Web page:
On the opening day of LinuxWorld, ELJ announced the winners of their first embedded Linux design contest. Each winner gets an all expenses-paid trip to Costa Rica! (See embedded.linuxjournal.com.)
Empower demonstrated their new LinuxDA “Linux upgrade” for the Palm III and V. They also announced that LinuxDA has been licensed by two Palm-compatible Taiwanese consumer device manufacturers: Elitegoup Computer Systems and APlux Communications. (See linuxda.com.)
Hewlett-Packard issued a major embedded Linux strategy announcement in connection with LinuxWorld. Per the announcement, embedded Linux is now the OS of choice for all HP-developed devices. HP's embedded Linux system is called Chai-LX. HP also demonstrated the new Digital Entertainment Center audio system, which contains an x86 processor and uses Chai-LX as its embedded OS. (See www.hp.com/linux.)
IBM alphaWorks showed off its experimental TechMobile, a modified Ford Explorer 2002 Limited Edition that has been outfitted with Linux-powered computers running a variety of web-enabled applications. In the demo, a simple user interface on a Bluetooth-enabled PDA controls the car's headlights, door locks and engine starter. Other IBM technologies showcased in various locations on the show floor with applicability to embedded Linux-based systems included the DB2 database, VisualAge Micro Edition (shown by MontaVista) and Embedded ViaVoice (also at MontaVista's booth). (See www.alphaworks.ibm.com.)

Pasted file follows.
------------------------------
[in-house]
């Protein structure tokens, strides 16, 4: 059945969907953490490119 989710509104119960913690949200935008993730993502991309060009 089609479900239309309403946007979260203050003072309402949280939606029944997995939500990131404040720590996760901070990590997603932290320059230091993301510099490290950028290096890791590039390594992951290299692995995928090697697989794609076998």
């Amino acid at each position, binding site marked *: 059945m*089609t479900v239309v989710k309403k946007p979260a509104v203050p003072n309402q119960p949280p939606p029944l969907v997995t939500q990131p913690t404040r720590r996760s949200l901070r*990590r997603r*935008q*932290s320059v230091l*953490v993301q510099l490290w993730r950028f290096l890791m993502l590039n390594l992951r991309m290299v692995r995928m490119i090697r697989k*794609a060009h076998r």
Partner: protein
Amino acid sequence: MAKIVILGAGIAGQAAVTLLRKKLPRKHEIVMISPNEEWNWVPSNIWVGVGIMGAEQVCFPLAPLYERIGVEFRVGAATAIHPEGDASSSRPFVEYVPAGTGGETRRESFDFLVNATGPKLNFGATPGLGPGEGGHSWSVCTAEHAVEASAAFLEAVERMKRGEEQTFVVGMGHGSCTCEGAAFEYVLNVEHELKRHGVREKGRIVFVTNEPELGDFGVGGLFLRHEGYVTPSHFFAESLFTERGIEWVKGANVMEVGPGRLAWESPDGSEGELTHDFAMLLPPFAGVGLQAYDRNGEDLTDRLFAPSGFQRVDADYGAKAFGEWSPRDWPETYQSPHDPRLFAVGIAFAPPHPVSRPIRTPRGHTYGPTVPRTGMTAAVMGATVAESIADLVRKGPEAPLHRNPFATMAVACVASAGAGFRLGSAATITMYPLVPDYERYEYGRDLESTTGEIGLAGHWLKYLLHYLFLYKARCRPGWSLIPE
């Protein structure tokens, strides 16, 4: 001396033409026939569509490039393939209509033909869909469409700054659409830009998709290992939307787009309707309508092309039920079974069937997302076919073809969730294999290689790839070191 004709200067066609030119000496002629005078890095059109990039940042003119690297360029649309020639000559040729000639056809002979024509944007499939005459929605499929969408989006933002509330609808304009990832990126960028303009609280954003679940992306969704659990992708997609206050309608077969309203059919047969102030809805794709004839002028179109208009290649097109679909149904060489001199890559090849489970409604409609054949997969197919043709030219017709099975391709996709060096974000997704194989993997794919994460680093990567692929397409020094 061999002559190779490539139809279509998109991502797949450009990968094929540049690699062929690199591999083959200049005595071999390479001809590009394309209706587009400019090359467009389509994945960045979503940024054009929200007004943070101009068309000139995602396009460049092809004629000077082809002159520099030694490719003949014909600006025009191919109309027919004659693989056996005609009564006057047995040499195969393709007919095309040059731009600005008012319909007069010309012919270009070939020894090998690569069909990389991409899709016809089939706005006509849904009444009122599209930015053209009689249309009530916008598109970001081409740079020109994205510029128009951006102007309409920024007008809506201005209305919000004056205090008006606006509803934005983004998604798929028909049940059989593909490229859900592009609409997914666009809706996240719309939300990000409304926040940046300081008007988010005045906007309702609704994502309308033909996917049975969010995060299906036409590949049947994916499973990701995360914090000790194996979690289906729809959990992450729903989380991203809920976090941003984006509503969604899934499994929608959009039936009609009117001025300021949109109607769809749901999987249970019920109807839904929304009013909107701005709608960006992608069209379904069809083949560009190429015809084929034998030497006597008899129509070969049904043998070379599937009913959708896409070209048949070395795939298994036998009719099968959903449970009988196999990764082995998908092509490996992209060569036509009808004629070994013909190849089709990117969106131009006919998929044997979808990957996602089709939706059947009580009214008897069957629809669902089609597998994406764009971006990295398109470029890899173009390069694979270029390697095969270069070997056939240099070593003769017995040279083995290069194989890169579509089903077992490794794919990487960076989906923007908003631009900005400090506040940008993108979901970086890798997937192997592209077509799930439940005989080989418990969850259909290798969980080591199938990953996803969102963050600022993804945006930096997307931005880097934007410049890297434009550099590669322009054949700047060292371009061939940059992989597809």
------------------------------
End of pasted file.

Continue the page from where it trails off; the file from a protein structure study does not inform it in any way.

In contrast with last summer, when Lineo occupied multiple locations on the show floor due to having acquired several other Embedded Linux companies, Lineo was not an exhibitor this time, but instead held a press conference to make several strategic announcements. These included: the selection of Lineo's Embedix Digital Media core by Motorola for use in the DCT5000 set-top box and the planned release of a “GPL Compliance Toolset” to help developers and their companies identify which licenses govern their software and what the implications of those licenses are. (See www.lineo.com.)
If you ask Compaq when (or where) you can get an iPAQ with Linux pre-installed, they'll probably refer you to Lisa Systems. Lisa demonstrated their iPAQ/Linux combo, which makes use of Trolltech's Qt/Embedded as its GUI framework, at a pedestal in Compaq's large LinuxWorld pavilion. (See www.lisa.de.)
Like Lineo, LynuxWorks decided not to have their own booth at LinuxWorld. They did, however, have a small presence at a pedestal within Intel's pavilion, where they demonstrated their port of BlueCat Linux to Intel's Internet Exchange Architecture (IXA). (See www.lynuxworks.com.)